Often — even if they have access to treatment — those who do often cycle through a variety of medications, sometimes with little to no effect.

Even if medications work, they often come with side effects that are unacceptable and intolerable to people. ... Some treatments don't work for people, even if they've tried multiple things. People need more options and psychedelic therapy might be one of those options. ...

Once it's approved, we need to start training not only clinicians and providers to be able to conduct these treatments, but we also need to start training and helping to educate communities and people and families who might have loved ones get these treatments. ...

Those folks are going to need to have a better understanding about what psychedelics are and accurate science and data that's not been misreported by government. and policy.

Q: How do you respond to someone who might criticize this kind of treatment as 'just getting high?'

A: This is something that people get one to two doses of this substance under very controlled psychological and medical infrastructure, and it's done in the context of really deep thoughtful psychotherapy.

So, yes, people have a drug experience, but I would think of that question as more of a question that comes from the system that we currently live in that stigmatizes substance use and getting high as somehow negative.

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Actually, substances have been used for thousands of years ... Psychoactive drugs have been used to guide spiritual exploration and psycho spiritual and personal development and rites of passage.

It's only been the last 100 years, and really the last 50 of which in particular, where we have changed the cultural significance of psychoactive substance experiences and started pathologizing it.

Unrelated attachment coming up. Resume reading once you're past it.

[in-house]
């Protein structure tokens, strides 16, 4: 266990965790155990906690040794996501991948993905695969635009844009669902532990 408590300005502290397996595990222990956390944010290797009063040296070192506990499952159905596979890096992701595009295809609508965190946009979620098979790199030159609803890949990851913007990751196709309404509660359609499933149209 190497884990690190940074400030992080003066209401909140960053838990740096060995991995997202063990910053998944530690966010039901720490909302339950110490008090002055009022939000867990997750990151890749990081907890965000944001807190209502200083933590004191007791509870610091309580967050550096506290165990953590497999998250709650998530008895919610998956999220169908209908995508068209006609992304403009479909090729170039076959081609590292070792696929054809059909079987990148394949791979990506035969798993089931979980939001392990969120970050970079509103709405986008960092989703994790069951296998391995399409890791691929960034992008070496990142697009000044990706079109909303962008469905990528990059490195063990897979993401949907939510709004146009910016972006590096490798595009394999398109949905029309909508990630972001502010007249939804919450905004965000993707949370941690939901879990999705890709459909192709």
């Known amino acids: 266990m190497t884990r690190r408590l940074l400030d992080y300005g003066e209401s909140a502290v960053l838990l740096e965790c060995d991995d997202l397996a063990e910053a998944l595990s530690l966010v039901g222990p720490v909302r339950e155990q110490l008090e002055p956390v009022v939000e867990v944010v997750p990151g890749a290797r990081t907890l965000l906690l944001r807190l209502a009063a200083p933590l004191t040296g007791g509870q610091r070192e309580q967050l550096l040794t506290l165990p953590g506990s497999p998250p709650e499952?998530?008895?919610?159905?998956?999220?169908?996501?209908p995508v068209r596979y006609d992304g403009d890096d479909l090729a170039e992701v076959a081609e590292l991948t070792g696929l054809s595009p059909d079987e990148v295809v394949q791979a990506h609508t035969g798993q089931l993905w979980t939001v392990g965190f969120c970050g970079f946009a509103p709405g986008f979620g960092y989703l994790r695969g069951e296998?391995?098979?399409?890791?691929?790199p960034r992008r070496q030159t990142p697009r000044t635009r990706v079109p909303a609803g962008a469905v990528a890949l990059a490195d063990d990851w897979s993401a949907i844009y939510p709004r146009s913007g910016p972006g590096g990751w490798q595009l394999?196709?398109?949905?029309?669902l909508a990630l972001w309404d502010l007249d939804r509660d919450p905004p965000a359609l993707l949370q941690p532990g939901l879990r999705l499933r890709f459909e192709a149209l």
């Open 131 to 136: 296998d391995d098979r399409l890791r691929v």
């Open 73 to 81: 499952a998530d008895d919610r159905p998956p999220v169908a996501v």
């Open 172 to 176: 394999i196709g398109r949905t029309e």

Q: Has there been any political pushback to psychedelic therapy trials?

A: The good news is that (in order to) be able to launch clinical trials here, we've already had those conversations.

I actually had to go all the way through having meetings with Gov. Mike DeWine to educate him on the topic of psychedelic therapy.

OSU wasn't going to jeopardize their standing as a university here in Ohio for this controversial work unless we had that buy in. So the good news is we have buy in from a lot of different levels of government here in Ohio.

Surprisingly as well, it seems to have less of a political divide than you might think because folks on both sides of the political aisle view this as something that has a potential to positively affect people that they care about.

We're definitely going to deal with the stigma of drug policy and how that's unfortunately led to a lot of misinformation about psychedelic substances. But hopefully, once we start getting approval of things in the next couple of years, that will slowly start to change that narrative.


Can the psychedelic in magic mushrooms treat depression? Ohio State professor weighs in (2024)